So since I’m using my Pi for some network functions, I figured it’d be nice to have a single IP to consistently reach the device, regardless of whether a cable is handy or not.
Since my router is smart enough to disallow pre-configuring the DHCP server to assign the same IP to multiple MACs (and no one likes IP address conflicts), I went with bonding.
My starting point was debian’s wiki: https://wiki.debian.org/Bonding
In Raspbian, a new package is needed:
# apt-get install ifenslave
Don’t forget to tell the kernel to start the bonding module at each boot-up:
# echo 'bonding' >> /etc/modules
So I got the lion’s share of my setup from there (with some adjustments) – here is the final version:
# Define slaves auto eth0 iface eth0 inet manual bond-master bond0 bond-primary eth0 bond-mode active-backup auto wlan0 iface wlan0 inet manual wpa-conf /etc/network/wpa.conf bond-master bond0 bond-primary eth0 bond-mode active-backup # Define master auto bond0 iface bond0 inet dhcp slaves eth0 wlan0 bond_mode active-backup bond_miimon 100 bond_downdelay 200 bond_updelay 200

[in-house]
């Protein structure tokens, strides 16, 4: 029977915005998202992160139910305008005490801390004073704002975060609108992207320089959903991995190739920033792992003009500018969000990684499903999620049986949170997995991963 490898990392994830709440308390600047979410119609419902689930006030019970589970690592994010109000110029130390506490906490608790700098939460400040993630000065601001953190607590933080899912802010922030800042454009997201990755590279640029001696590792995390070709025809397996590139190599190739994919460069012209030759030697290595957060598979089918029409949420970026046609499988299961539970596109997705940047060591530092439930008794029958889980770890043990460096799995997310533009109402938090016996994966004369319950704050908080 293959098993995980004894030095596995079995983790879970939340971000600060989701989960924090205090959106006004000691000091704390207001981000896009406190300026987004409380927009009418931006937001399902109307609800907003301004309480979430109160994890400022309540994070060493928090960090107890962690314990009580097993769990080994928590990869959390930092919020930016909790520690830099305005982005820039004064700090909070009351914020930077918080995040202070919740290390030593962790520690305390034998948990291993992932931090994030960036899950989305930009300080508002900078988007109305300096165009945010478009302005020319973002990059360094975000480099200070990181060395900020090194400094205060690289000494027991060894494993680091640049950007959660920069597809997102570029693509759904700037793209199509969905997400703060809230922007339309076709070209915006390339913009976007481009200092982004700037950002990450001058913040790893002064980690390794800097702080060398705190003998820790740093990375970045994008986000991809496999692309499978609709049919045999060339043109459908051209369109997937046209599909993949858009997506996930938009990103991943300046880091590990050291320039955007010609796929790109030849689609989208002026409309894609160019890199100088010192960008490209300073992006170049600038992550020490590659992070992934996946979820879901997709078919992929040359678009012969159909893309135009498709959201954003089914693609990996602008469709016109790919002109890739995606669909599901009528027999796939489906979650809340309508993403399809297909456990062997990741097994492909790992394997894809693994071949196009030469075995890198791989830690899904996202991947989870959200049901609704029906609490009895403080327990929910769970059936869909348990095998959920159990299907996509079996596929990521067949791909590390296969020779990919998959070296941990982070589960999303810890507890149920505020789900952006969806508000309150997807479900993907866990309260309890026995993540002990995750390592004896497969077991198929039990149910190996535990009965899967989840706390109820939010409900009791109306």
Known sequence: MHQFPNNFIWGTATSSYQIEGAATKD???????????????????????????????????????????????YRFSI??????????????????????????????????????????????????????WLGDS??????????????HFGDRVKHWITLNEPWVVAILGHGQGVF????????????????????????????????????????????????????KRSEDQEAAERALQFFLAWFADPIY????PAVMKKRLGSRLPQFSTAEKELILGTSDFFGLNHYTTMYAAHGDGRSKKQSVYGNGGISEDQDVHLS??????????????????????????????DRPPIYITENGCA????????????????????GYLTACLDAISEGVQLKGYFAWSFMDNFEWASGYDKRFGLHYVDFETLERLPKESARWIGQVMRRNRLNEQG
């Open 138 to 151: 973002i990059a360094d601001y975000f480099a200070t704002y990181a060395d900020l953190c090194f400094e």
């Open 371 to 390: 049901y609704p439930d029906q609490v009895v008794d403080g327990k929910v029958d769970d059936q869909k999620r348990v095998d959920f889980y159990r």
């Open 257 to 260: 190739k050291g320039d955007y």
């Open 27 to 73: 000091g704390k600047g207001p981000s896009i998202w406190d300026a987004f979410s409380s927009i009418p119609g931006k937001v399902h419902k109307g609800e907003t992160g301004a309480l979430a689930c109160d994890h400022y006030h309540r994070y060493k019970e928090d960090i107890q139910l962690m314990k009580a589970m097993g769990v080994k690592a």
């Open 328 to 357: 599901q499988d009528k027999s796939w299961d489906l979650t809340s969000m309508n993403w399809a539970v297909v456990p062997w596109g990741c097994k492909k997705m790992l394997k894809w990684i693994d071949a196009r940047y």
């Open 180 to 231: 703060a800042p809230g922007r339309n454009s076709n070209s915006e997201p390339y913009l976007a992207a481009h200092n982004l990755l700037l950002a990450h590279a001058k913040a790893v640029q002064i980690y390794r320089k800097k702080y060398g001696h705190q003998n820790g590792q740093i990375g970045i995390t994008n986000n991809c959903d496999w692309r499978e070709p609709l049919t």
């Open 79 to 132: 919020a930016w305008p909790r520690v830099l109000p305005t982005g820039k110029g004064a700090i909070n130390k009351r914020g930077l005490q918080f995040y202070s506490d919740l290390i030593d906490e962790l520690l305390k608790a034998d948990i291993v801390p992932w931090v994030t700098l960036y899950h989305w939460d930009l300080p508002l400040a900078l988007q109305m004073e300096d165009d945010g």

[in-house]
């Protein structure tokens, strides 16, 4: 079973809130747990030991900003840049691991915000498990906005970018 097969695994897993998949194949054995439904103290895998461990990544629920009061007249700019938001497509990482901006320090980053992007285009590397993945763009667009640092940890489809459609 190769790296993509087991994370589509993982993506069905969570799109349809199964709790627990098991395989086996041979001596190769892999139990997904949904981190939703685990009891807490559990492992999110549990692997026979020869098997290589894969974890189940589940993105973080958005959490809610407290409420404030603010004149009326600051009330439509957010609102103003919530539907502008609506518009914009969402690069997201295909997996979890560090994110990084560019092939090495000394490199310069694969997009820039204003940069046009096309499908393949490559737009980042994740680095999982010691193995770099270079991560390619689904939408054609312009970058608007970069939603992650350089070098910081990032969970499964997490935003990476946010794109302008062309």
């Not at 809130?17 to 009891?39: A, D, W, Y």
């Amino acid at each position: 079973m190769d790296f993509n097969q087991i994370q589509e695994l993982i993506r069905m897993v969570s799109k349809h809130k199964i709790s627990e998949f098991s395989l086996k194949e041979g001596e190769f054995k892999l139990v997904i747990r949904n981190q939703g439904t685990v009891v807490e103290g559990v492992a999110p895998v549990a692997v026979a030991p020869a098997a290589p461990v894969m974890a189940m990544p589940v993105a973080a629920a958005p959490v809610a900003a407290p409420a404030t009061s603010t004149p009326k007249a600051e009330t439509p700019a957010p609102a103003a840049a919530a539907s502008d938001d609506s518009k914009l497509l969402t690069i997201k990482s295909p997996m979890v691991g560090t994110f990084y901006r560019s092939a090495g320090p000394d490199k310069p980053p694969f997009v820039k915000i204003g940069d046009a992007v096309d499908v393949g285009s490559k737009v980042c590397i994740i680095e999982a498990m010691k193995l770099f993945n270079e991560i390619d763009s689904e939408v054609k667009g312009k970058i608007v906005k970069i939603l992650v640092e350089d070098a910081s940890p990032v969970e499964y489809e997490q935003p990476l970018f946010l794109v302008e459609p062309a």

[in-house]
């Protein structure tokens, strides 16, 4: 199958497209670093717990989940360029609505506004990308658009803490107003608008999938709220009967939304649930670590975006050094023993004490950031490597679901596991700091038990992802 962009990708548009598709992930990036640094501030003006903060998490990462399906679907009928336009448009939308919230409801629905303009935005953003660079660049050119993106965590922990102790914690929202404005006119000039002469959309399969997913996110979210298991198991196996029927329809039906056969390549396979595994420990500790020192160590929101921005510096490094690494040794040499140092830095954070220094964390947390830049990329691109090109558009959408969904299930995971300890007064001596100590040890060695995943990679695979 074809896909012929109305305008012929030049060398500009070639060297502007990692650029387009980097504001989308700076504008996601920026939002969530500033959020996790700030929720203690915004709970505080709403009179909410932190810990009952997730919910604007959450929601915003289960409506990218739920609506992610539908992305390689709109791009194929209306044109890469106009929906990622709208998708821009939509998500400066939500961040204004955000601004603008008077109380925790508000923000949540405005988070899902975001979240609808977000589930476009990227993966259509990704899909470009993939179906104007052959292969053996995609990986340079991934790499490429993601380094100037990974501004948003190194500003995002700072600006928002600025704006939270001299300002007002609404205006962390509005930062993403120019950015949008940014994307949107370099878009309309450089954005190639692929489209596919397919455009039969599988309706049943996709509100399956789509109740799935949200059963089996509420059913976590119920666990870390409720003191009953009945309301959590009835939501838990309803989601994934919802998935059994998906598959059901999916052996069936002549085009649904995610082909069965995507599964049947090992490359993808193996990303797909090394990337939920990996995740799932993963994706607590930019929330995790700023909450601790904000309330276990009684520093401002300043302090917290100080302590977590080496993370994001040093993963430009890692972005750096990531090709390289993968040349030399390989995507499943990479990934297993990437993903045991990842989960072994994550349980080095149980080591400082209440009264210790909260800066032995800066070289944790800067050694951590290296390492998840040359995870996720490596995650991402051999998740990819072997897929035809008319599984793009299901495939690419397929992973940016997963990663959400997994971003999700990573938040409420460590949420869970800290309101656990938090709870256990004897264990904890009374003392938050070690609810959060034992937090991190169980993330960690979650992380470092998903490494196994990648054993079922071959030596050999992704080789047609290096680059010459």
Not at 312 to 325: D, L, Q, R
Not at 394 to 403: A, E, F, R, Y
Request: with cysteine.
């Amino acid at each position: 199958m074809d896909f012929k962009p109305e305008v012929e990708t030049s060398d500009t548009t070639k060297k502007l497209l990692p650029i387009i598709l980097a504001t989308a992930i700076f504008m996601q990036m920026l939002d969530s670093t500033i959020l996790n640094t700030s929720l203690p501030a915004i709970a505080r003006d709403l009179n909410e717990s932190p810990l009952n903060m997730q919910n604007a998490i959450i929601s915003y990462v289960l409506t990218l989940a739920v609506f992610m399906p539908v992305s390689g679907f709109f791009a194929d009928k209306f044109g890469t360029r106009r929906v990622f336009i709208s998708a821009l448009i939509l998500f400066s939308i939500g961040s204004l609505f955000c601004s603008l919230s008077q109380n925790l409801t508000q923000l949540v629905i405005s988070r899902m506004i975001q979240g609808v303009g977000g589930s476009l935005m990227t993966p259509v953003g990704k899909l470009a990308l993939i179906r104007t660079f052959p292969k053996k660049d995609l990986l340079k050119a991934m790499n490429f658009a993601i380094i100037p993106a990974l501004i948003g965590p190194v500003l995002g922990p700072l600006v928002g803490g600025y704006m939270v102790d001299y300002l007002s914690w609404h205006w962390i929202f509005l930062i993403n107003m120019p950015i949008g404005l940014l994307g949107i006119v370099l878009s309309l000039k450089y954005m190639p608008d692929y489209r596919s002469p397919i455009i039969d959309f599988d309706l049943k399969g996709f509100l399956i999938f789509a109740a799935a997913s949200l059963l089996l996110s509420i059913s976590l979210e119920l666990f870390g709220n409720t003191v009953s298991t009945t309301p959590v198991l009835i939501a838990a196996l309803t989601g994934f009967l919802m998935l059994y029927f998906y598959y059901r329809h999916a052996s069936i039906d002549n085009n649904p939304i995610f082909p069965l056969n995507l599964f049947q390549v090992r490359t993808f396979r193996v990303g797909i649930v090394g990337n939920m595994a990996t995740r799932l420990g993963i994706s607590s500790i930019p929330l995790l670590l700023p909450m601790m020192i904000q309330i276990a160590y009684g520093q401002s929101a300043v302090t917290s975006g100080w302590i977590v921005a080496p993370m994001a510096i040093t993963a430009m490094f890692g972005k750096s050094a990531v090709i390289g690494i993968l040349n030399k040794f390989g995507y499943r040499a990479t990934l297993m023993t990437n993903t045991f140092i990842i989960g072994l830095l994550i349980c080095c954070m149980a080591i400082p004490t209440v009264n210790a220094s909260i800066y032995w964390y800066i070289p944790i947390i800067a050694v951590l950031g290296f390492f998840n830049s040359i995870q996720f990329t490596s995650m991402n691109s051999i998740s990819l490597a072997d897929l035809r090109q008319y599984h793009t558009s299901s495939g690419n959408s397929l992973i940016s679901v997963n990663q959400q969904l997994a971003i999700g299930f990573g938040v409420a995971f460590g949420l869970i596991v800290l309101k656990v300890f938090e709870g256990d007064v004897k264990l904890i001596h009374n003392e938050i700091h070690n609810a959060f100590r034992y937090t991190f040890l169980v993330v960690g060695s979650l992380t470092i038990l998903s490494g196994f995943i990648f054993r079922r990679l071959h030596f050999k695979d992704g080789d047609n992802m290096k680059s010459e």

Thanks to a forum post I’ve lost track of, I also figured out that I had to comment out the line I had previously added to address an issue getting dhcp addresses:
# iface default inet dhcp
The current delay is 5min 11sec from reboot to ping(out).
When plugging-unpluging the Eth cable, one can clearly see the difference in ping-times (~5ms vs. ~0.5ms), but no requests/replies get dropped!
I reproduced this on a brand-new minimal-install of Raspbian (4.4.50-v7+) and folowed my own steps.
BUT, for some reason, when booting with eth0 connected, eth0 would grab the IP (instead of bond0 doing so) and I was unable to ping my router(!?).
Disconnecting eth0, the IP would toggele over to bond0 and everything worked well (pinging over wlan0), so I reconnected the cable and it still worked (pinging over eth0)… or 5 seconds, after which, the IP switched back to eth0 and ping connectivity was lost!?
The only other changes I made before it started workign again were:
- disable “alsa-utils” sound driver/service (update-rc.d alsa-utils disable)
- comment out the plaintext ‘key’ line in /etc/wpa-supplicant/wpasupplicant.conf
… Wierd, right??